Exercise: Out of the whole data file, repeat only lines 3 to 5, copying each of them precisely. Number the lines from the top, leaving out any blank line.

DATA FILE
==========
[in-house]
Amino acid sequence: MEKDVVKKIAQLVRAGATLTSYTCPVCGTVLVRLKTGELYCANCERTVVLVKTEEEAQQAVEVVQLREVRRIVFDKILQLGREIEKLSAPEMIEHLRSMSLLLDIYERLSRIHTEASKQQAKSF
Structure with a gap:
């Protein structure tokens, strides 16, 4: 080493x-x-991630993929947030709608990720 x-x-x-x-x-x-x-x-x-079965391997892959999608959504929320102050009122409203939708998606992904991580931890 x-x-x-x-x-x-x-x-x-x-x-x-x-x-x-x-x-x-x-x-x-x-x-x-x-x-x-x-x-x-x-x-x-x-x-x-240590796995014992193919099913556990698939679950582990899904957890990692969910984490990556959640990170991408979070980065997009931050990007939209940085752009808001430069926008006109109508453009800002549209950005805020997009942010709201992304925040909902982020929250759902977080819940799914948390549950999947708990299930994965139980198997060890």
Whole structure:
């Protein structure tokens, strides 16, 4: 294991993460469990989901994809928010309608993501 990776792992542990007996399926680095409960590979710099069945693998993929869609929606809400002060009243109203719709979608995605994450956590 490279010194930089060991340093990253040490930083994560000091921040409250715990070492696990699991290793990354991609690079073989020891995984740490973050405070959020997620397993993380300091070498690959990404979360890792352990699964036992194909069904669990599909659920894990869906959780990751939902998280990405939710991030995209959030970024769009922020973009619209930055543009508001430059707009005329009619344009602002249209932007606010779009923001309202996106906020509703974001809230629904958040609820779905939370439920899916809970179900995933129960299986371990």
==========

Structure with a gap:
């Protein structure tokens, strides 16, 4: 080493x-x-991630993929947030709608990720 x-x-x-x-x-x-x-x-x-079965391997892959999608959504929320102050009122409203939708998606992904991580931890 x-x-x-x-x-x-x-x-x-x-x-x-x-x-x-x-x-x-x-x-x-x-x-x-x-x-x-x-x-x-x-x-x-x-x-x-240590796995014992193919099913556990698939679950582990899904957890990692969910984490990556959640990170991408979070980065997009931050990007939209940085752009808001430069926008006109109508453009800002549209950005805020997009942010709201992304925040909902982020929250759902977080819940799914948390549950999947708990299930994965139980198997060890």
Whole structure: